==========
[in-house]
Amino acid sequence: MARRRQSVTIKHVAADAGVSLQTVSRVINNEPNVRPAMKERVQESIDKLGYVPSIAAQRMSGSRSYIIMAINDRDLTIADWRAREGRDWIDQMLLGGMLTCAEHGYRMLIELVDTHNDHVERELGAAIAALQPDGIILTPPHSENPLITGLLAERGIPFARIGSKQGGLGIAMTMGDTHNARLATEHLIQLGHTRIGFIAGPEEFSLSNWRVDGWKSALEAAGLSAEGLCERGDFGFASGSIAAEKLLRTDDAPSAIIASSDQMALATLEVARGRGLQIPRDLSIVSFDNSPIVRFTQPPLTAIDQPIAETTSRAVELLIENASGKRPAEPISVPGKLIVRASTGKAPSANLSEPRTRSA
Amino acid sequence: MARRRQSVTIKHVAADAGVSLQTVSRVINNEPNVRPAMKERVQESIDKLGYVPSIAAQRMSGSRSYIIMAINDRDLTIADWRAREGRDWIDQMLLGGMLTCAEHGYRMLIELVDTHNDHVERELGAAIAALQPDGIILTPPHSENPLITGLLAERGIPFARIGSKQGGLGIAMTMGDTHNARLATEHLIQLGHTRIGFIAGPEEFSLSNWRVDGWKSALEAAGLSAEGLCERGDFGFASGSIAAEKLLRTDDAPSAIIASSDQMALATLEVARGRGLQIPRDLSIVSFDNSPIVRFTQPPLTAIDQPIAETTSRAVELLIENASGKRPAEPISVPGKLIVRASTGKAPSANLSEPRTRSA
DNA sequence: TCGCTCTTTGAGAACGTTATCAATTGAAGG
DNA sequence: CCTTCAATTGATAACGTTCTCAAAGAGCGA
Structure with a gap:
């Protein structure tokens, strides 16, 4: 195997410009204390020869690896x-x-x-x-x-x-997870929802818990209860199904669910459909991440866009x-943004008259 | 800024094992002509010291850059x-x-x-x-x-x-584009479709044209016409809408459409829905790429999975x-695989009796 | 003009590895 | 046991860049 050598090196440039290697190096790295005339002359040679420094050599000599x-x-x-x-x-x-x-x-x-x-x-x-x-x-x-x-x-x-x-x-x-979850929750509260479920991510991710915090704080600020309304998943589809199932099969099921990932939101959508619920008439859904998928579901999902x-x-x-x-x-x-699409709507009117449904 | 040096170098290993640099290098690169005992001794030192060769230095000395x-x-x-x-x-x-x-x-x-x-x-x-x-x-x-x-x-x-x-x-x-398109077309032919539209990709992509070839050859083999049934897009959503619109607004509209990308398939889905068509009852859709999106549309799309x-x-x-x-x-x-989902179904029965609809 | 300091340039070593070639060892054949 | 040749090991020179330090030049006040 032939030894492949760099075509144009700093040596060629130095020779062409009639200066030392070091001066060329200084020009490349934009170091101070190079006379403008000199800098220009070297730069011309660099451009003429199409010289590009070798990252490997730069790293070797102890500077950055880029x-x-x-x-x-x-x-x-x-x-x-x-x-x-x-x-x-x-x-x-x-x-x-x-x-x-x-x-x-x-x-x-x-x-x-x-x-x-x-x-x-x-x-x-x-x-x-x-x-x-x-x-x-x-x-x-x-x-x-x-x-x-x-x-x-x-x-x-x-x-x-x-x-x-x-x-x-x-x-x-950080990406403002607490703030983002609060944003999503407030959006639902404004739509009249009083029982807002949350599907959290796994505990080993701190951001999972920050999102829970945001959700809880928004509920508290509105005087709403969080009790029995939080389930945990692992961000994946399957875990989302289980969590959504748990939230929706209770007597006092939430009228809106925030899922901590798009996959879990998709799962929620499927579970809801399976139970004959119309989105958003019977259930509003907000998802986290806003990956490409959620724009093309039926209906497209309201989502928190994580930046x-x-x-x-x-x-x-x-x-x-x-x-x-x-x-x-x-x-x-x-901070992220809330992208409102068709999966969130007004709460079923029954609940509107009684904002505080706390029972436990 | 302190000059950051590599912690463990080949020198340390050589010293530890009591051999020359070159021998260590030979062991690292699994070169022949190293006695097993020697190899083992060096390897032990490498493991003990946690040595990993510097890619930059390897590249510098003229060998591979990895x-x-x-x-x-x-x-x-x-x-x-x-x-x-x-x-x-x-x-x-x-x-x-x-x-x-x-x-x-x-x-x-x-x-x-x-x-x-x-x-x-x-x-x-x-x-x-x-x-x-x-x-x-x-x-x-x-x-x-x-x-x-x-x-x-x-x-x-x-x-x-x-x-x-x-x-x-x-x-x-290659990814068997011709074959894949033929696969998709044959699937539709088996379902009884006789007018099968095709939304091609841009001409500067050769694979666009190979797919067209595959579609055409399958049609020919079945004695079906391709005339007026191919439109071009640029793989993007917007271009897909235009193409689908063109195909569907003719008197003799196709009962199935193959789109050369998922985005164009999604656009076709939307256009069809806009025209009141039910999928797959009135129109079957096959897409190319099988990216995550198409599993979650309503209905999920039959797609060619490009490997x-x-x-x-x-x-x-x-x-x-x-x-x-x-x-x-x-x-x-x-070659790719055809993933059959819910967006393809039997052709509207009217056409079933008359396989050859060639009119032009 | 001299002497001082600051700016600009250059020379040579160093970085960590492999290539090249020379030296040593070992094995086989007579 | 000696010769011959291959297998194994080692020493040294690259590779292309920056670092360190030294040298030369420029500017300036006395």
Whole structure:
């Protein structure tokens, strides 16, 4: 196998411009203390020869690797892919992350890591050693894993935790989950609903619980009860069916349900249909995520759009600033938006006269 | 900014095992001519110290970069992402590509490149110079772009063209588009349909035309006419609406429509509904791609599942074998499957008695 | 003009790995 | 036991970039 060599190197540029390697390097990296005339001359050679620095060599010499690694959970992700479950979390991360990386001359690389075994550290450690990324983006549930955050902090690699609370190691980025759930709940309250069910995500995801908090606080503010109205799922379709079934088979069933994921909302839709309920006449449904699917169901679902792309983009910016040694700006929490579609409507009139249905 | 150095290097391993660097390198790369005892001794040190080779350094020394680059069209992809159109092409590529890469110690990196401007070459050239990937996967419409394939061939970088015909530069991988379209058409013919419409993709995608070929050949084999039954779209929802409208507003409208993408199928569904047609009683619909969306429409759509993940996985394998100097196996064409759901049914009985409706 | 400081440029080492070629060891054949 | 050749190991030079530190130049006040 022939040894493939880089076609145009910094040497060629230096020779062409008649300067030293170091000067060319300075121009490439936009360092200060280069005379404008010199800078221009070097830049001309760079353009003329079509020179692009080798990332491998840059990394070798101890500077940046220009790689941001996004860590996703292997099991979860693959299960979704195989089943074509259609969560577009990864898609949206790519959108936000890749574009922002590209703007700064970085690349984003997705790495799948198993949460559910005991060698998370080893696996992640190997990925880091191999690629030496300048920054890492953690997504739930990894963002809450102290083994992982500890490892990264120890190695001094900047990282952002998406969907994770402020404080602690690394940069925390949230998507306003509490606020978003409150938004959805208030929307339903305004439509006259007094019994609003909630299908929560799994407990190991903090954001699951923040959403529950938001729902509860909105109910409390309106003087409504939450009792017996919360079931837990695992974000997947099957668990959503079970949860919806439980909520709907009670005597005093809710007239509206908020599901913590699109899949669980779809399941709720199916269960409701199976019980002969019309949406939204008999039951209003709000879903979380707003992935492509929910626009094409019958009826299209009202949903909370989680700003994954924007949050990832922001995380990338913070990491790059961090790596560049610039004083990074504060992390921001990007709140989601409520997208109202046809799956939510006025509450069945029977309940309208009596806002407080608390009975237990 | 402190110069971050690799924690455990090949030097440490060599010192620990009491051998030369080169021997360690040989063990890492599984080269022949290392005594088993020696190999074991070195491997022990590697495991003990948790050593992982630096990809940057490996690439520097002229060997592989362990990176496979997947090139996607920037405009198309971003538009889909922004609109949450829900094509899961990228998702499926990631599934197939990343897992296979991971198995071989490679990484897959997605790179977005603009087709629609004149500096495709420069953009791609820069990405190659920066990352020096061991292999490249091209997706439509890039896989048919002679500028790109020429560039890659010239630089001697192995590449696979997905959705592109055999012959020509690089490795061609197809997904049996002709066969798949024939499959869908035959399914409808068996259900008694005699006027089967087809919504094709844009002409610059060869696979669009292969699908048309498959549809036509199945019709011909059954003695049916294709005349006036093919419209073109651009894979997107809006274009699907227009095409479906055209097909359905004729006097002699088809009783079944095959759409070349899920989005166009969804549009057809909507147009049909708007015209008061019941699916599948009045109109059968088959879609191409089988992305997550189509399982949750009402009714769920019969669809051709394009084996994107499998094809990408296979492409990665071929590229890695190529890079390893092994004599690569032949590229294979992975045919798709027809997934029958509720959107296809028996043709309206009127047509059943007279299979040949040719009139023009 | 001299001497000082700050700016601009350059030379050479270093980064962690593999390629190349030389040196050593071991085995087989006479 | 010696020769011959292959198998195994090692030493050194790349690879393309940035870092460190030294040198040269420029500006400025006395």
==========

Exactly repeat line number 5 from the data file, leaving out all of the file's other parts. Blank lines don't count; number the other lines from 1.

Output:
DNA sequence: CCTTCAATTGATAACGTTCTCAAAGAGCGA